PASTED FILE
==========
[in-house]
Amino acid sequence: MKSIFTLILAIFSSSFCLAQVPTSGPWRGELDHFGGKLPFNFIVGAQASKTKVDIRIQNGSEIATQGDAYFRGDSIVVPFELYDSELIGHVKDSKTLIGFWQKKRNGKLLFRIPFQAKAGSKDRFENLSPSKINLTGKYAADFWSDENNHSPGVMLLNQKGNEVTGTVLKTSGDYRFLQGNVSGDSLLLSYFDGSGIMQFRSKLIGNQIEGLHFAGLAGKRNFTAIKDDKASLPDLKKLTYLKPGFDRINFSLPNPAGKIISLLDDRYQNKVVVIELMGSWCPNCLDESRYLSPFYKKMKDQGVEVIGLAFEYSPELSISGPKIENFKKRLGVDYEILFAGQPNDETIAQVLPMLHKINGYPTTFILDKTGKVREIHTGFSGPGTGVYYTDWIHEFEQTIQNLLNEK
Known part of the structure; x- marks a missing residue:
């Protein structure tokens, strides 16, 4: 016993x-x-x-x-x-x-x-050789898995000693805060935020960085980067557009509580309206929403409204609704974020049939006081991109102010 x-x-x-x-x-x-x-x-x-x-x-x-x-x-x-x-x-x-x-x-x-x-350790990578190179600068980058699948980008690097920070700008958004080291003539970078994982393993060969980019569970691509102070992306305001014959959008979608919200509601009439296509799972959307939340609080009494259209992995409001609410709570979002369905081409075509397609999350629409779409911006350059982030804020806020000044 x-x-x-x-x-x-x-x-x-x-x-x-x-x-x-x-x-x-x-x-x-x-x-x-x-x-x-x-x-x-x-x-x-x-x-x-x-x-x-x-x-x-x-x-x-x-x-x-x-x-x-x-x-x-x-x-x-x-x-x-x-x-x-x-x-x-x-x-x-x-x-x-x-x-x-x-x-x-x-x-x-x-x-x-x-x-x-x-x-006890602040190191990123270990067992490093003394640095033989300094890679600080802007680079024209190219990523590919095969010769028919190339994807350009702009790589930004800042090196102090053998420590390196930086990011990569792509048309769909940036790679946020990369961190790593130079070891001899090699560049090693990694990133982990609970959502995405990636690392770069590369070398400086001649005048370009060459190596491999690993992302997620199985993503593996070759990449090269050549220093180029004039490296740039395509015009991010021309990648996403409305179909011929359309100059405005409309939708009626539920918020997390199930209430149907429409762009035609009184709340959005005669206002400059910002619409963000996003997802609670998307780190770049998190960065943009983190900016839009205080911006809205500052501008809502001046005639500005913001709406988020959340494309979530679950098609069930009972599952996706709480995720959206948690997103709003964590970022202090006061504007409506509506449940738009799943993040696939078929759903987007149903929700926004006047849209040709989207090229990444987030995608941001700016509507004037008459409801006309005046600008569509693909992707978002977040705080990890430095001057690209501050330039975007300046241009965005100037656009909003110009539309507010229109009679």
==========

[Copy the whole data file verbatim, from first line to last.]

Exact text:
[in-house]
Amino acid sequence: MKSIFTLILAIFSSSFCLAQVPTSGPWRGELDHFGGKLPFNFIVGAQASKTKVDIRIQNGSEIATQGDAYFRGDSIVVPFELYDSELIGHVKDSKTLIGFWQKKRNGKLLFRIPFQAKAGSKDRFENLSPSKINLTGKYAADFWSDENNHSPGVMLLNQKGNEVTGTVLKTSGDYRFLQGNVSGDSLLLSYFDGSGIMQFRSKLIGNQIEGLHFAGLAGKRNFTAIKDDKASLPDLKKLTYLKPGFDRINFSLPNPAGKIISLLDDRYQNKVVVIELMGSWCPNCLDESRYLSPFYKKMKDQGVEVIGLAFEYSPELSISGPKIENFKKRLGVDYEILFAGQPNDETIAQVLPMLHKINGYPTTFILDKTGKVREIHTGFSGPGTGVYYTDWIHEFEQTIQNLLNEK
Known part of the structure; x- marks a missing residue:
């Protein structure tokens, strides 16, 4: 016993x-x-x-x-x-x-x-050789898995000693805060935020960085980067557009509580309206929403409204609704974020049939006081991109102010 x-x-x-x-x-x-x-x-x-x-x-x-x-x-x-x-x-x-x-x-x-x-350790990578190179600068980058699948980008690097920070700008958004080291003539970078994982393993060969980019569970691509102070992306305001014959959008979608919200509601009439296509799972959307939340609080009494259209992995409001609410709570979002369905081409075509397609999350629409779409911006350059982030804020806020000044 x-x-x-x-x-x-x-x-x-x-x-x-x-x-x-x-x-x-x-x-x-x-x-x-x-x-x-x-x-x-x-x-x-x-x-x-x-x-x-x-x-x-x-x-x-x-x-x-x-x-x-x-x-x-x-x-x-x-x-x-x-x-x-x-x-x-x-x-x-x-x-x-x-x-x-x-x-x-x-x-x-x-x-x-x-x-x-x-x-006890602040190191990123270990067992490093003394640095033989300094890679600080802007680079024209190219990523590919095969010769028919190339994807350009702009790589930004800042090196102090053998420590390196930086990011990569792509048309769909940036790679946020990369961190790593130079070891001899090699560049090693990694990133982990609970959502995405990636690392770069590369070398400086001649005048370009060459190596491999690993992302997620199985993503593996070759990449090269050549220093180029004039490296740039395509015009991010021309990648996403409305179909011929359309100059405005409309939708009626539920918020997390199930209430149907429409762009035609009184709340959005005669206002400059910002619409963000996003997802609670998307780190770049998190960065943009983190900016839009205080911006809205500052501008809502001046005639500005913001709406988020959340494309979530679950098609069930009972599952996706709480995720959206948690997103709003964590970022202090006061504007409506509506449940738009799943993040696939078929759903987007149903929700926004006047849209040709989207090229990444987030995608941001700016509507004037008459409801006309005046600008569509693909992707978002977040705080990890430095001057690209501050330039975007300046241009965005100037656009909003110009539309507010229109009679």